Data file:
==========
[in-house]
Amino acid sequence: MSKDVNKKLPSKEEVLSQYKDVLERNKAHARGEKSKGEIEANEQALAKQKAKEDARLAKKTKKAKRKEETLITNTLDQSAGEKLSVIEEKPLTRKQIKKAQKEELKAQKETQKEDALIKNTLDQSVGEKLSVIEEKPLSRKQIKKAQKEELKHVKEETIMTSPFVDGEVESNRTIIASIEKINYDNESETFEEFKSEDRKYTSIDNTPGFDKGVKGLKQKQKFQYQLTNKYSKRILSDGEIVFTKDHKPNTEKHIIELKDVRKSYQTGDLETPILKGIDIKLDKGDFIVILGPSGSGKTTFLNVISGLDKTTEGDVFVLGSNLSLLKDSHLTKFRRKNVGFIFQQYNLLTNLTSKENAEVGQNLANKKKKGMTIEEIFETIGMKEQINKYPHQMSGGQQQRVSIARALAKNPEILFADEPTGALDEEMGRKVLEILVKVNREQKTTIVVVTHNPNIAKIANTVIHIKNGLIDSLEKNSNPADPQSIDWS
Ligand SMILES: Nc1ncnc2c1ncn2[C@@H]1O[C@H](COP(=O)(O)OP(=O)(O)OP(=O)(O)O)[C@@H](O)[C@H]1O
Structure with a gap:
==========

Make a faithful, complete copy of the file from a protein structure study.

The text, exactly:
[in-house]
Amino acid sequence: MSKDVNKKLPSKEEVLSQYKDVLERNKAHARGEKSKGEIEANEQALAKQKAKEDARLAKKTKKAKRKEETLITNTLDQSAGEKLSVIEEKPLTRKQIKKAQKEELKAQKETQKEDALIKNTLDQSVGEKLSVIEEKPLSRKQIKKAQKEELKHVKEETIMTSPFVDGEVESNRTIIASIEKINYDNESETFEEFKSEDRKYTSIDNTPGFDKGVKGLKQKQKFQYQLTNKYSKRILSDGEIVFTKDHKPNTEKHIIELKDVRKSYQTGDLETPILKGIDIKLDKGDFIVILGPSGSGKTTFLNVISGLDKTTEGDVFVLGSNLSLLKDSHLTKFRRKNVGFIFQQYNLLTNLTSKENAEVGQNLANKKKKGMTIEEIFETIGMKEQINKYPHQMSGGQQQRVSIARALAKNPEILFADEPTGALDEEMGRKVLEILVKVNREQKTTIVVVTHNPNIAKIANTVIHIKNGLIDSLEKNSNPADPQSIDWS
Ligand SMILES: Nc1ncnc2c1ncn2[C@@H]1O[C@H](COP(=O)(O)OP(=O)(O)OP(=O)(O)O)[C@@H](O)[C@H]1O
Structure with a gap: